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Cyber criminals are increasingly focused on exploiting vulnerabilities and installing malicious software for profit, with underground trading places providing tools to make cyberattacks easier. To make matters worse, there is an increasing number of criminals willing to modify malicious code - or rent their services - to groups willing to make payments.
Most organized hacking seems to be traced back to eastern Europe and China, but recently major exploits tend to indicate criminal groups in Spain and other parts of western Europe. However, some previous malicious code revealed code writers were intentionally trying to leave bread crumbs that would make authorities waste time searching elsewhere.
Hackers and cybercrime used to be a rather solitary effort, the ability to work as a team and share thoughts and ideas leads to more sophisticated attacks reaching the wild even faster.
Following former NSA contractor Edward Snowden's disclosure of widespread spying by the U.S. government, there has been a massive push to develop privacy-centric software and hardware. During the 2014 RSA Conference, which begins on Monday in San Francisco, data security and privacy solutions will be demonstrated at a frantic time in the industry.
In addition to the "Blackphone" being publicly unveiled, Google Android apps to better protect smartphones and tablets from sophisticated malware will also be shown off. Software security company AVG plans to release a "privacy fix" to identify what information companies can easily find about individual users.
The RSA Conference 2014 begins on Monday in San Francisco and has quite a bit of controversy and confusion heading into the event. In addition to increased security interest following former NSA contractor Edward Snowden's disclosures last year, the RSA brand is under fire for reportedly accepting payment to create a backdoor for NSA snooping.
RSA is expected to focus on mobile and cloud security, customer privacy, and better strategizing future security efforts. Large tech security conferences also tend to be a good location for corporations to look at technology created by smaller companies, with a flood of acquisitions expected in 2014.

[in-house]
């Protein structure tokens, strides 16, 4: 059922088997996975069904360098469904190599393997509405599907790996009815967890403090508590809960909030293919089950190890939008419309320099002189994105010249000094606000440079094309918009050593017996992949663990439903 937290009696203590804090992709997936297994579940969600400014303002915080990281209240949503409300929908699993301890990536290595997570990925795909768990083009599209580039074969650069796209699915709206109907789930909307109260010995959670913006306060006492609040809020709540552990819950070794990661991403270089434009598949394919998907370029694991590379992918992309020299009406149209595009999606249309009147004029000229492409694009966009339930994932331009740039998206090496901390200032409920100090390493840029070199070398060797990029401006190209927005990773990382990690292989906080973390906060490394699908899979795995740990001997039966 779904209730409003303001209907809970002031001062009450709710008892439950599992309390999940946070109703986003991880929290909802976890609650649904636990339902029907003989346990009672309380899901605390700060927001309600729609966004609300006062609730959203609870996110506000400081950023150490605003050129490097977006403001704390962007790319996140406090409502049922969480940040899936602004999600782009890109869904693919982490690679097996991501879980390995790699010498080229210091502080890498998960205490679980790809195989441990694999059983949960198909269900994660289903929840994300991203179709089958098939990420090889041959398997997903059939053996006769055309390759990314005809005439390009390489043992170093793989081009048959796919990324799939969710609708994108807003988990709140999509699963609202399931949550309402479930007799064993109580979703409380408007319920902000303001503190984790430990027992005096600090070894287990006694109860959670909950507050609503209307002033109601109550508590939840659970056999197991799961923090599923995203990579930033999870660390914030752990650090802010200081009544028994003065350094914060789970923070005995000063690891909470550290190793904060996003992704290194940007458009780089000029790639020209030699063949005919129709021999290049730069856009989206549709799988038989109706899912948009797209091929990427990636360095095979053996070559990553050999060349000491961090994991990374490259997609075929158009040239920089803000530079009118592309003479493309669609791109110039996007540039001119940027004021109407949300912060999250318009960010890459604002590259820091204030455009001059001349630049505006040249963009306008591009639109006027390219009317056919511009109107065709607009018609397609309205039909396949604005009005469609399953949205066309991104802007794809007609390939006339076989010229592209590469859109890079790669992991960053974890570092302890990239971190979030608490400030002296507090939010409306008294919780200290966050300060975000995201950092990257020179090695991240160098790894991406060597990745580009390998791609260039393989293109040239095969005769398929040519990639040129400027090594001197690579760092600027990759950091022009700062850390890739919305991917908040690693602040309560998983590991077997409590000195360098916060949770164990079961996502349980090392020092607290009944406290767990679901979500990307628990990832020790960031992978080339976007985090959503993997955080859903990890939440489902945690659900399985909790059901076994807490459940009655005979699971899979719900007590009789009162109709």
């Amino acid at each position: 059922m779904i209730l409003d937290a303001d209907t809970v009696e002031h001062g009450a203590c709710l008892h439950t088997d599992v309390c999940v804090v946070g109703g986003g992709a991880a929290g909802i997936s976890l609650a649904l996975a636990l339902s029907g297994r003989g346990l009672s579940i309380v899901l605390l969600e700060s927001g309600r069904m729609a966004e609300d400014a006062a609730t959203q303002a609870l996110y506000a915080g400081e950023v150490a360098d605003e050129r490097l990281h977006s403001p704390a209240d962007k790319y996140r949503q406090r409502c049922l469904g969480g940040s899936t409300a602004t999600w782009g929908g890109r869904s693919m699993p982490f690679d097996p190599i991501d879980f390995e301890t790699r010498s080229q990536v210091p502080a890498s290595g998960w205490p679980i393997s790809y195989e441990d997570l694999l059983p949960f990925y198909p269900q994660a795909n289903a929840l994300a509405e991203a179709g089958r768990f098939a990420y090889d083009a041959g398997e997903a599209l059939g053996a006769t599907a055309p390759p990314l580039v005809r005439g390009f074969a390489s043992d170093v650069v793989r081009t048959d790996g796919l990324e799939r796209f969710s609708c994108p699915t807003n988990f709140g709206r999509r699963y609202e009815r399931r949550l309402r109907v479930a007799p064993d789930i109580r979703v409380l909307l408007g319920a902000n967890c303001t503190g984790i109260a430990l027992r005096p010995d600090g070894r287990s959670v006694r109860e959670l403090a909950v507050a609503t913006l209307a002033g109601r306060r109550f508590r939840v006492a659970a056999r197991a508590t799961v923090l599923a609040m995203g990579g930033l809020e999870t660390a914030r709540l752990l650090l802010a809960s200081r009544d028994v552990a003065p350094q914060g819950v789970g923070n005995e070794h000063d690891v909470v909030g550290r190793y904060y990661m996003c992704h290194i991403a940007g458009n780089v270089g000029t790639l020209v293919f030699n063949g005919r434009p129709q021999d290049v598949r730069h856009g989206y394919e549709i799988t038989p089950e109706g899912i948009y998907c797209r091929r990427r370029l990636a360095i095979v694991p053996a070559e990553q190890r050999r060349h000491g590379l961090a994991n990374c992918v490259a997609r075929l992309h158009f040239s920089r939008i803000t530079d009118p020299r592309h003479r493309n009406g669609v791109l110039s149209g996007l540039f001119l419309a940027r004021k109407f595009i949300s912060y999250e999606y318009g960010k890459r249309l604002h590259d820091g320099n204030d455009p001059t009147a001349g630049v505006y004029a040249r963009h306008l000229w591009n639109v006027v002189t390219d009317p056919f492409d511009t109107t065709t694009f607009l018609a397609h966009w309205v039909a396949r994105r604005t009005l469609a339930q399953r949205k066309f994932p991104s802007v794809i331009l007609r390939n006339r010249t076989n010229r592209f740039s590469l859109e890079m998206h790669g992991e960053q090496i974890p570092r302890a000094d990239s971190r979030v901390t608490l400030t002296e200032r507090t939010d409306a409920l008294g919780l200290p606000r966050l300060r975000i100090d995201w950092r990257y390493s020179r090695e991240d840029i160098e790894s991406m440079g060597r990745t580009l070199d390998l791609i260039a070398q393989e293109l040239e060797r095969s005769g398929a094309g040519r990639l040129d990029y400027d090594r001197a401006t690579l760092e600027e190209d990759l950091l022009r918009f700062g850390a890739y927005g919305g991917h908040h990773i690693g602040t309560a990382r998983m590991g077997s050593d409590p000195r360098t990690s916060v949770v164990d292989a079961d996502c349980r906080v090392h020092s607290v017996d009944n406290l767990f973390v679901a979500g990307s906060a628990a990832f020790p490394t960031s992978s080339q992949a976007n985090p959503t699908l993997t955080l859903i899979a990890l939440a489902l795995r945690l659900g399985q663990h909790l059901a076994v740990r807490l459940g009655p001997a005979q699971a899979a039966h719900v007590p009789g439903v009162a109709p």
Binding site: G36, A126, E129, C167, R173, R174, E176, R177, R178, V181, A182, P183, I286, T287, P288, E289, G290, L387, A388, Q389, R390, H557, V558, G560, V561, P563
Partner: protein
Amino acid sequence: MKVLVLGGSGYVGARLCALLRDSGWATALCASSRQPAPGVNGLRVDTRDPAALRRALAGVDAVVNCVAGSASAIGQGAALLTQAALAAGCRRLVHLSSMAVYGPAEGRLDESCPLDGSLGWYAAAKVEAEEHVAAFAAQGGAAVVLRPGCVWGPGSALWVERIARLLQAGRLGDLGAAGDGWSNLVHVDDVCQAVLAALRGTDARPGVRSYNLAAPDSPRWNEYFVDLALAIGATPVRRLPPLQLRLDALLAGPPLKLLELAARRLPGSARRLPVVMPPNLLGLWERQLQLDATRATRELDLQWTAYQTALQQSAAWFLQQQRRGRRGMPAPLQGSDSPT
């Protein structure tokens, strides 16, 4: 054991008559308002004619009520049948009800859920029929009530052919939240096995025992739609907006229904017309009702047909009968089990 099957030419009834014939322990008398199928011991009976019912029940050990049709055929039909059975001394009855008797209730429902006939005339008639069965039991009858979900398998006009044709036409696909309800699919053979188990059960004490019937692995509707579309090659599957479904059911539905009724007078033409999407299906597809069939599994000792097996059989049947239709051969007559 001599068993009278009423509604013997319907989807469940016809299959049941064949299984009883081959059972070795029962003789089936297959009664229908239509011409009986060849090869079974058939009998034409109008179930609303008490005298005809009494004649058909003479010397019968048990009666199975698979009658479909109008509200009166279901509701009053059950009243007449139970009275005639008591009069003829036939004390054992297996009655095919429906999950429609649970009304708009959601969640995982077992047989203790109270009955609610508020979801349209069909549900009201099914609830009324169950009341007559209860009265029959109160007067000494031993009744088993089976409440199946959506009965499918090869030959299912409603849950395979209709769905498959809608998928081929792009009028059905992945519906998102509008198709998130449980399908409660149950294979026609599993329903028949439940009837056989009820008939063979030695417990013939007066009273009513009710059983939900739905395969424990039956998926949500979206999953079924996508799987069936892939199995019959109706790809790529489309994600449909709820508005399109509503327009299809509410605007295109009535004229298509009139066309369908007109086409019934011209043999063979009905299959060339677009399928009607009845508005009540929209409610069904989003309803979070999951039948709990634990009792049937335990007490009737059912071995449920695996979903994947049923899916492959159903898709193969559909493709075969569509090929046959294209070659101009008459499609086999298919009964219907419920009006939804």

Companies searching for new methods to keep networks safe and defend against cyberattacks are increasingly turning to strong authentication and one-time passwords, according to market research firm Frost & Sullivan.
Strong authentication is the technique used by banking and financial institutions, while one-time passwords are single-use passwords that better protect against phishing and other security breaches.
Smaller boutique security vendors have popped up to help fill the void in a booming security market. Since more companies and consumers are scrambling for security solutions this will lead to a market of acquisitions as larger companies gobble up smaller, niche security firms.
Cybercriminals are successfully using malware to steal customer debit and credit card information, company customer lists, and sensitive data seemingly at will. Underground forums have become a popular destination for criminals buying and selling stolen personal information, with analytics used to detail credit limits and which banks have more lenient security procedures in place.
In one underground forum, for example, a list of 10,000 e-mails - broken down by age, gender, and geographic location - for just $79 for purchase, and there are plenty of similar offers available. Key logger software can be purchased for $35-$50, and customizations can be added for a slightly increased fee.
After the recent Target data breach, which affected more than 70 million in-store customers, more Internet users are becoming aware of cyber threats. Banks have already paid more than $200 million in costs related to the breach, and that number is only expected to increase over the next few months.
In an attempt to attack North Korean nuclear facilities, the South Korean government wants to develop cyberwar weapons to target critical infrastructure. Similar to the Stuxnet software aimed towards Iran, South Korean wants to use software to disrupt its neighbors to the north, even with military analysts hesitant to condone significant attacks.
Earlier in the month, U.S. and South Korean officials held continued meetings regarding cybersecurity efforts to protect both nations from prying eyes in China, North Korea, and other locations. There is continued concern regarding North Korea's nuclear ambitions, and excluding an actual military strike, cyberattacks are believed to be the next option as diplomatic efforts have struggled.